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While the bulk of the fields in a voter data file establish the ‘who’ of the electorate, vote history helps answer the remainder of any questions researchers and analysts might have. This piece of the information puzzle reveals not only whether a registered voter has participated in an election but also the details of their engagement—the what, when, where, and how of their ballot cast.

At its core, vote history data captures very foundation of our election system—the act of casting a ballot. It serves as a record of individual participation in the electoral process. Each entry in this dataset represents more than just a tabulated ballot; it symbolizes a citizens sacred right to vote.

While most previous data elements were limited to a single field, vote history comes in many shapes and sizes, with most states representing it differently. If it can be deciphered, researchers and analysts can unlock a wealth of knowledge about electoral behavior and trends. This data ideally includes a record for each voter that includes the following points:

  • Election name/type – Usually combined into an election name code, there will typically be an element that indicates the name and type of the election. It could be coded like PE (Primary Elections), GE (General Election), or it could be a combination of an election type and date (11/06/2020, General) or a number of other combinations but ultimately this indicates the type and usually the date of the election
  • Vote Credit – Did this individual cast a ballot? This generally looks like a row or a field in the data where if the individual voted there is some type of indicator, usually an election name or date but can also be represented as the existence of a row in a voter history file, or it could be marked with an X or vote type in a single column.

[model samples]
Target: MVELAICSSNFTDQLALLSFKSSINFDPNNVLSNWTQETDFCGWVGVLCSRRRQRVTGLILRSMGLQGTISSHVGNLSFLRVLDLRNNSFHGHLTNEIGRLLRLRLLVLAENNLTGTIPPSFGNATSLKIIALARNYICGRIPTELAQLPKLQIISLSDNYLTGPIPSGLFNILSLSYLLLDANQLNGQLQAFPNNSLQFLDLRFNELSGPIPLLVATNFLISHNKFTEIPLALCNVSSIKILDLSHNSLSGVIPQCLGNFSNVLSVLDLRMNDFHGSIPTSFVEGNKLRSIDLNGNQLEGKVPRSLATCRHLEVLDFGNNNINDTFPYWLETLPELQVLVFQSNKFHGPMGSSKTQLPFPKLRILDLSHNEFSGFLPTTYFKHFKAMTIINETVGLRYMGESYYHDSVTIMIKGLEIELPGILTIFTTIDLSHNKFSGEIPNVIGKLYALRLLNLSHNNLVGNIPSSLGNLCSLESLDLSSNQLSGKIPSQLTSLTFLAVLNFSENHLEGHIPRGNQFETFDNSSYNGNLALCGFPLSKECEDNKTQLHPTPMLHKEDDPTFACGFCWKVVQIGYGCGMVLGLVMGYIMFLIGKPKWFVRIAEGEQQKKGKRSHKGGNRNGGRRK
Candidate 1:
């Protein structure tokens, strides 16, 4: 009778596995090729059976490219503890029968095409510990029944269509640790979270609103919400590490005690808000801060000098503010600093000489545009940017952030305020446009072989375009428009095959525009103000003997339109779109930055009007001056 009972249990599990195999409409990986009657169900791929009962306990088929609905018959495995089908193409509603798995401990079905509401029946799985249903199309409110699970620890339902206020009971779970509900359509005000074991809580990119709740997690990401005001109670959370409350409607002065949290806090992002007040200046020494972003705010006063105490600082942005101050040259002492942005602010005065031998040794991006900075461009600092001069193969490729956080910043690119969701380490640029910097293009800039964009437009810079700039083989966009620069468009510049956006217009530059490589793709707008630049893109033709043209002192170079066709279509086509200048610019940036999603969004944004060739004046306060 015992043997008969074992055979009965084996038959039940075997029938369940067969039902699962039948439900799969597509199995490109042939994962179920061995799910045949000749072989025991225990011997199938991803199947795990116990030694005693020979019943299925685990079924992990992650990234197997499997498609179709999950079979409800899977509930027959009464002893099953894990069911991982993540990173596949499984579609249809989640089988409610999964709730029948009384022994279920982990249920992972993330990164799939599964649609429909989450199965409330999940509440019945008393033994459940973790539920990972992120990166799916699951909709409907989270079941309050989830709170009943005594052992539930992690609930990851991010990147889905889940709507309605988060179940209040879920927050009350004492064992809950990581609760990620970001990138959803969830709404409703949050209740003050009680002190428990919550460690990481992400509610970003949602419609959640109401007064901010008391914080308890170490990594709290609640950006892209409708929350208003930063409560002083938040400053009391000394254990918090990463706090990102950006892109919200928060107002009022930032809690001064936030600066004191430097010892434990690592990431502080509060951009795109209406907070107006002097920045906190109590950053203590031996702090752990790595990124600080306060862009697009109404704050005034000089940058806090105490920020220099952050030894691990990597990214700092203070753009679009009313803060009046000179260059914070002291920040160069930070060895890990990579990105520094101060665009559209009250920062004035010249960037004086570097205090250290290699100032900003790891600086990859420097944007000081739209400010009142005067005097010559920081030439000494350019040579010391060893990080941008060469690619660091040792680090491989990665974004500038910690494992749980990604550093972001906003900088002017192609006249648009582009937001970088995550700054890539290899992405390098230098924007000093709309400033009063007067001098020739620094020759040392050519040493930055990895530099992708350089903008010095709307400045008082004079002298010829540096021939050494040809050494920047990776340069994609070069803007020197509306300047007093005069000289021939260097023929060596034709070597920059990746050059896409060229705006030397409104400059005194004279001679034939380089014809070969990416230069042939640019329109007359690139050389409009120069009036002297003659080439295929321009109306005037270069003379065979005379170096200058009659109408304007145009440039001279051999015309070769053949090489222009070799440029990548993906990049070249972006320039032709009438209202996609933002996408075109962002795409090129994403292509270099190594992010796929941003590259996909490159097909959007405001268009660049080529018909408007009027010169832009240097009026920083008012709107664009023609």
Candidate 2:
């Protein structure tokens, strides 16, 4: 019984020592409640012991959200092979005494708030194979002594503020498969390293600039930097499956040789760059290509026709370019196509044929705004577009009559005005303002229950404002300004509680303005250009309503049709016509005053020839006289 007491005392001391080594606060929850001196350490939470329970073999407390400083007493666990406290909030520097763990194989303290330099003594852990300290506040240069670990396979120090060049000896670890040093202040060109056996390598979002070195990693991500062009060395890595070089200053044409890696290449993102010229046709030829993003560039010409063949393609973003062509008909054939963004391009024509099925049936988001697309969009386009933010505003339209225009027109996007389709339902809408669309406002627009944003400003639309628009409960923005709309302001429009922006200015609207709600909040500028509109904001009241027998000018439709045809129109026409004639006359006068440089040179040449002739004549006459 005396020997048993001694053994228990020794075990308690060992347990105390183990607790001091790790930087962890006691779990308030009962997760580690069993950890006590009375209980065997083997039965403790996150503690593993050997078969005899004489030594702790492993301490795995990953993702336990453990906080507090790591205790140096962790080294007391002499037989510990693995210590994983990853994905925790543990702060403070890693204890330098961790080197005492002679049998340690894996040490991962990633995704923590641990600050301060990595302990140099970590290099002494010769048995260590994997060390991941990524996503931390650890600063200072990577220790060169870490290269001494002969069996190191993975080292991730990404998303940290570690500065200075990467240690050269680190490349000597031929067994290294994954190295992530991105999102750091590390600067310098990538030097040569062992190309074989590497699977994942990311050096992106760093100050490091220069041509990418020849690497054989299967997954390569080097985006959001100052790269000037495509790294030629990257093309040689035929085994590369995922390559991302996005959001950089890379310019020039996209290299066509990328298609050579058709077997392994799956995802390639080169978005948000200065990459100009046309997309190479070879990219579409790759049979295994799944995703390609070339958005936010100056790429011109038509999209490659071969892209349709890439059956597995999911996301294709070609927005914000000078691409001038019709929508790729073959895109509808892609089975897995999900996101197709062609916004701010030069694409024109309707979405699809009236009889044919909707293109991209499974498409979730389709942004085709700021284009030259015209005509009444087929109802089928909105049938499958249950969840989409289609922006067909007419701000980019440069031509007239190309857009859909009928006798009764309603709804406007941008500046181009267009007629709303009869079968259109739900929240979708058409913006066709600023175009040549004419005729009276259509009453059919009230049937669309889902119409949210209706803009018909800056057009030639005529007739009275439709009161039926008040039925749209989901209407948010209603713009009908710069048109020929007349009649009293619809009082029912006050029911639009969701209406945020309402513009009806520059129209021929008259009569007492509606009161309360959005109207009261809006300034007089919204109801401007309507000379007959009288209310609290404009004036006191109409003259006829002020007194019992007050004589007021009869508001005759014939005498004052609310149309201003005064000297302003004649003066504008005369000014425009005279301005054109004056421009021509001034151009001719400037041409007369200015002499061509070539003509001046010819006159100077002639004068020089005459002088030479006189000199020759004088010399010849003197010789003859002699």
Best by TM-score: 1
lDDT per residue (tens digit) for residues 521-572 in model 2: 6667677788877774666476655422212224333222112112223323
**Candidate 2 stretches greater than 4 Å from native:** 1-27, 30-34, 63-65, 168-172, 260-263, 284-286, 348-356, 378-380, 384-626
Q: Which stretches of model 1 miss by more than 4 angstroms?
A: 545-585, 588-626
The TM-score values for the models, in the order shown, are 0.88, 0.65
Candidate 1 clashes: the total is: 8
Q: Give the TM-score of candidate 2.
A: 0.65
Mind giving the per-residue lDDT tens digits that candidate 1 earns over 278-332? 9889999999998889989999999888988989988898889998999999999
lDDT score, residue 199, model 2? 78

• Vote type/how voted – This information will indicate if the registrant voted in-person, early, absentee, or provisional.
  • Voting location – Where was the ballot cast? What county or precinct did the voter reside in when the ballot was cast. This information is much more rare to find, but is usually represented by a county or precinct name if it exists.

With an overview of what can make up a voter history record, we can look at what information can be extrapolated from the data. One example that is useful is the method of voting. Did a voter cast their ballot in person on Election Day, or did they opt for early or absentee voting? Each choice tells a story—a tale of accessibility, convenience, duty, and (more recently) political influence. Analyzing these preferences can help researchers and analysts predict in-person turnout or target specific voters to remind them to mail their ballot in.

Moreover, vote history data related to primary elections can help with partisan demographic analysis, especially in states that may not require voters to register with a political party. In a primary election, voters reveal their partisan leanings, selecting the ballot of their preferred political party. This choice speaks volumes about individual political identity and ideological alignment, providing valuable insights for political strategists and analysts alike.

For political campaigns, vote history data is like a map, guiding them through the maze of electoral strategy. Knowledge of voters’ past engagement allows campaigns can tailor their outreach efforts with relative precision. They identify reliable voters, ensuring they receive targeted messages and reminders to cast their ballots. Swing voters can be sent personalized appeals aimed at swaying their allegiance (and filling their mailboxes with pamphlets and flyers daily weeks before a general election). Even non-voters are not forgotten, as campaigns and advocacy groups deploy persuasive tactics to inspire them to join the ranks of the engaged electorate. By understanding who participates and who remains on the sidelines, they can deploy targeted efforts to foster a culture of active citizenship and civic pride.

Overall, vote history is more than just a list of participation; it is a powerful tool to gather insight into the patterns of voters and the integrity of the voter registration system. There are many forms this data comes in, and the more pieces it contains, the more valuable the insights are.